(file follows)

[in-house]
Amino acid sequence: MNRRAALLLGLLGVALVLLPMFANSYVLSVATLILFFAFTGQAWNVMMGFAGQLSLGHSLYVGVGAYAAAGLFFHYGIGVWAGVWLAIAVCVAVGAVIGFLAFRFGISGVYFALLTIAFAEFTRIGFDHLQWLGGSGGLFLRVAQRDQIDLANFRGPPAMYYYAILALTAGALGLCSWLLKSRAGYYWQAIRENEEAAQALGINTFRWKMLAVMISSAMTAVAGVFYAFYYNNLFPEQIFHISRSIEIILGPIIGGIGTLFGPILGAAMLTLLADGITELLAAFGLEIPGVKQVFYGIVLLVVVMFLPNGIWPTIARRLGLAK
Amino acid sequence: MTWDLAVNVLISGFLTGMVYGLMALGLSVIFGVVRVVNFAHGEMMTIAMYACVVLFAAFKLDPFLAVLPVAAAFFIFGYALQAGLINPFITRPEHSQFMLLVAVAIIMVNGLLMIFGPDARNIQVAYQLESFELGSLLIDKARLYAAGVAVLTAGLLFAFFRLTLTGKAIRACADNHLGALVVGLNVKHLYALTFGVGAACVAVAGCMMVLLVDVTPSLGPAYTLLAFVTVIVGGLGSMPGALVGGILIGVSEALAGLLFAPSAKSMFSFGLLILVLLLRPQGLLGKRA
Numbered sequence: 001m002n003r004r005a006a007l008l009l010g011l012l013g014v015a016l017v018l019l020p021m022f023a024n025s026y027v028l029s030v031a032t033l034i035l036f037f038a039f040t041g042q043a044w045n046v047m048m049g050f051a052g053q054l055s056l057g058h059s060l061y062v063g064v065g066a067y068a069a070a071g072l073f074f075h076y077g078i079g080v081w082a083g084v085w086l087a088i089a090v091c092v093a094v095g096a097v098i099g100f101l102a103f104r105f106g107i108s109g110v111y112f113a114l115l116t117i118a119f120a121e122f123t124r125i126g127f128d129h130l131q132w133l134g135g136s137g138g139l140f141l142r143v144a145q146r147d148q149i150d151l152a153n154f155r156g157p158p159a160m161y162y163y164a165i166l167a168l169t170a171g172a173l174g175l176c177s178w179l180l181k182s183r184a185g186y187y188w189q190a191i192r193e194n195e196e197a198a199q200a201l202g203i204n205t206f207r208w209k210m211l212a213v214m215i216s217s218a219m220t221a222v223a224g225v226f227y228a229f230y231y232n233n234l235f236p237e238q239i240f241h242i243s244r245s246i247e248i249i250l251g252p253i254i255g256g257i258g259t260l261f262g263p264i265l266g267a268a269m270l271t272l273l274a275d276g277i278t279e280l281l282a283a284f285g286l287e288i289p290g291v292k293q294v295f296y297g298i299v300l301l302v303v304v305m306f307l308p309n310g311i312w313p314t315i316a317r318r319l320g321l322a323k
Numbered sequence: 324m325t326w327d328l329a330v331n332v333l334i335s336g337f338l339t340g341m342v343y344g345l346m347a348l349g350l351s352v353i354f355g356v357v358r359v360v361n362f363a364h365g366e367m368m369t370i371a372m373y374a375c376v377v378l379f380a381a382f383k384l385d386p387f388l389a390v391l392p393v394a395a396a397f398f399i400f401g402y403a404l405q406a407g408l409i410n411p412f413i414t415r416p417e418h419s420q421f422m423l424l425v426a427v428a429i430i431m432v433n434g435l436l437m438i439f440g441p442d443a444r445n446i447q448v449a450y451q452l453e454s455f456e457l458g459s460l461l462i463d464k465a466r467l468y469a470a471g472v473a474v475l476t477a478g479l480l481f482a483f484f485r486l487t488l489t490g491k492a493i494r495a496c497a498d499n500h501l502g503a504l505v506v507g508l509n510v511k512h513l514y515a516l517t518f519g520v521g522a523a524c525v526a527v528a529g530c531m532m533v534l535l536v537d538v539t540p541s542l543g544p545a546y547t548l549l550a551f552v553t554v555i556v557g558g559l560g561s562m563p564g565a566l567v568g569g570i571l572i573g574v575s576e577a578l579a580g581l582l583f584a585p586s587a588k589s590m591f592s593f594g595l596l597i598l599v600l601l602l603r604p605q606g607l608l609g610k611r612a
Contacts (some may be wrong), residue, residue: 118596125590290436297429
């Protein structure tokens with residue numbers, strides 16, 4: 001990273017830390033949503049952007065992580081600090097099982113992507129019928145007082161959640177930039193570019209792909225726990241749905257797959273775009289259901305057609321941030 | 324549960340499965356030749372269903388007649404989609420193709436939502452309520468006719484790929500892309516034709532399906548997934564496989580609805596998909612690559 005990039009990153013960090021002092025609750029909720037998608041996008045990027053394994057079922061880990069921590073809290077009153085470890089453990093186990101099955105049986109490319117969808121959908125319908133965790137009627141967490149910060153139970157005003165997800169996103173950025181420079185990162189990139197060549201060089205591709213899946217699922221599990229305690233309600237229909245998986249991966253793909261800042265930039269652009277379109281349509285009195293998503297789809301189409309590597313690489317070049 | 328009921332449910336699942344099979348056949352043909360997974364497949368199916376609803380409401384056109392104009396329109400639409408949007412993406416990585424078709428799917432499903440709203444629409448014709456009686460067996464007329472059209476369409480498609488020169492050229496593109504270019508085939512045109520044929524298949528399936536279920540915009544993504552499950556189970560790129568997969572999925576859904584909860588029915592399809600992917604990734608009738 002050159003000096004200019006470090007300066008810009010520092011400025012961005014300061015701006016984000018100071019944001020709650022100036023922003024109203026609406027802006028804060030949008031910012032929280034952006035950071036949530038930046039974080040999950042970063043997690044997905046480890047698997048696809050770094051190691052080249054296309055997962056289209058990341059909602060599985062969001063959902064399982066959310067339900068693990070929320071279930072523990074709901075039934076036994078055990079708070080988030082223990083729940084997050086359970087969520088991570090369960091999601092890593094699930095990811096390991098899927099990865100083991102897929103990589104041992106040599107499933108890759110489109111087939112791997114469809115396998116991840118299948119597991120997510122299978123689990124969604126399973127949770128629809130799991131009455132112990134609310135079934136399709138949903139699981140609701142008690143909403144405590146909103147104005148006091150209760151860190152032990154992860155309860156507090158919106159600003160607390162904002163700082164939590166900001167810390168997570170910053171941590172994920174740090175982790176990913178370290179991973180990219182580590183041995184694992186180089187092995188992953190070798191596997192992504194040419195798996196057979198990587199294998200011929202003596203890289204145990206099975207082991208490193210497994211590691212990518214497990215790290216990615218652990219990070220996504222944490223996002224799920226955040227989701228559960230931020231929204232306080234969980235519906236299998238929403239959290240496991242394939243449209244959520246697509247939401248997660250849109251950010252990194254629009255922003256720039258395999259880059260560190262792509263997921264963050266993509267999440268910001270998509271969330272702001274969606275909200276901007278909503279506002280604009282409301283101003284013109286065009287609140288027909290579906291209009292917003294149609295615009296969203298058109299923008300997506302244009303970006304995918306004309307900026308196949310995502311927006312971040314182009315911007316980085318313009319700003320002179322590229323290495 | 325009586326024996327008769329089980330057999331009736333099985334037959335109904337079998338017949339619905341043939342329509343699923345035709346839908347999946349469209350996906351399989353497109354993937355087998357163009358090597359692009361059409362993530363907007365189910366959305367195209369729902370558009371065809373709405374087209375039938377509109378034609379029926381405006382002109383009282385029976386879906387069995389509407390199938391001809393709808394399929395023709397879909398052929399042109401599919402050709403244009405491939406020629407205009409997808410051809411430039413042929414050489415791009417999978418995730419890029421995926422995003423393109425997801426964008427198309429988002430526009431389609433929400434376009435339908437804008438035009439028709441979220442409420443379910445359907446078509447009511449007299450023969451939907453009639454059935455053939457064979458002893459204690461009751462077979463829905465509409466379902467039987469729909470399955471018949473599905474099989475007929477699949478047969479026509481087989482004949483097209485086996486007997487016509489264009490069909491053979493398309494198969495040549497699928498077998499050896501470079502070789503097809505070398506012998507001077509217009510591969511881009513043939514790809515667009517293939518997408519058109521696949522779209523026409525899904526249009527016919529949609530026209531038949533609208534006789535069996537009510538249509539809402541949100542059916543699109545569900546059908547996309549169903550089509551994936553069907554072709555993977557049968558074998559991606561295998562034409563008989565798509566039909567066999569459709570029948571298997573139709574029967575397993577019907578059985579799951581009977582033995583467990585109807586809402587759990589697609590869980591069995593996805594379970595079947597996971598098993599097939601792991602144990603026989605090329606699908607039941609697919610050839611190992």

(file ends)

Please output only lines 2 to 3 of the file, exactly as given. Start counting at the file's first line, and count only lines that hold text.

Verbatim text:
Amino acid sequence: MNRRAALLLGLLGVALVLLPMFANSYVLSVATLILFFAFTGQAWNVMMGFAGQLSLGHSLYVGVGAYAAAGLFFHYGIGVWAGVWLAIAVCVAVGAVIGFLAFRFGISGVYFALLTIAFAEFTRIGFDHLQWLGGSGGLFLRVAQRDQIDLANFRGPPAMYYYAILALTAGALGLCSWLLKSRAGYYWQAIRENEEAAQALGINTFRWKMLAVMISSAMTAVAGVFYAFYYNNLFPEQIFHISRSIEIILGPIIGGIGTLFGPILGAAMLTLLADGITELLAAFGLEIPGVKQVFYGIVLLVVVMFLPNGIWPTIARRLGLAK
Amino acid sequence: MTWDLAVNVLISGFLTGMVYGLMALGLSVIFGVVRVVNFAHGEMMTIAMYACVVLFAAFKLDPFLAVLPVAAAFFIFGYALQAGLINPFITRPEHSQFMLLVAVAIIMVNGLLMIFGPDARNIQVAYQLESFELGSLLIDKARLYAAGVAVLTAGLLFAFFRLTLTGKAIRACADNHLGALVVGLNVKHLYALTFGVGAACVAVAGCMMVLLVDVTPSLGPAYTLLAFVTVIVGGLGSMPGALVGGILIGVSEALAGLLFAPSAKSMFSFGLLILVLLLRPQGLLGKRA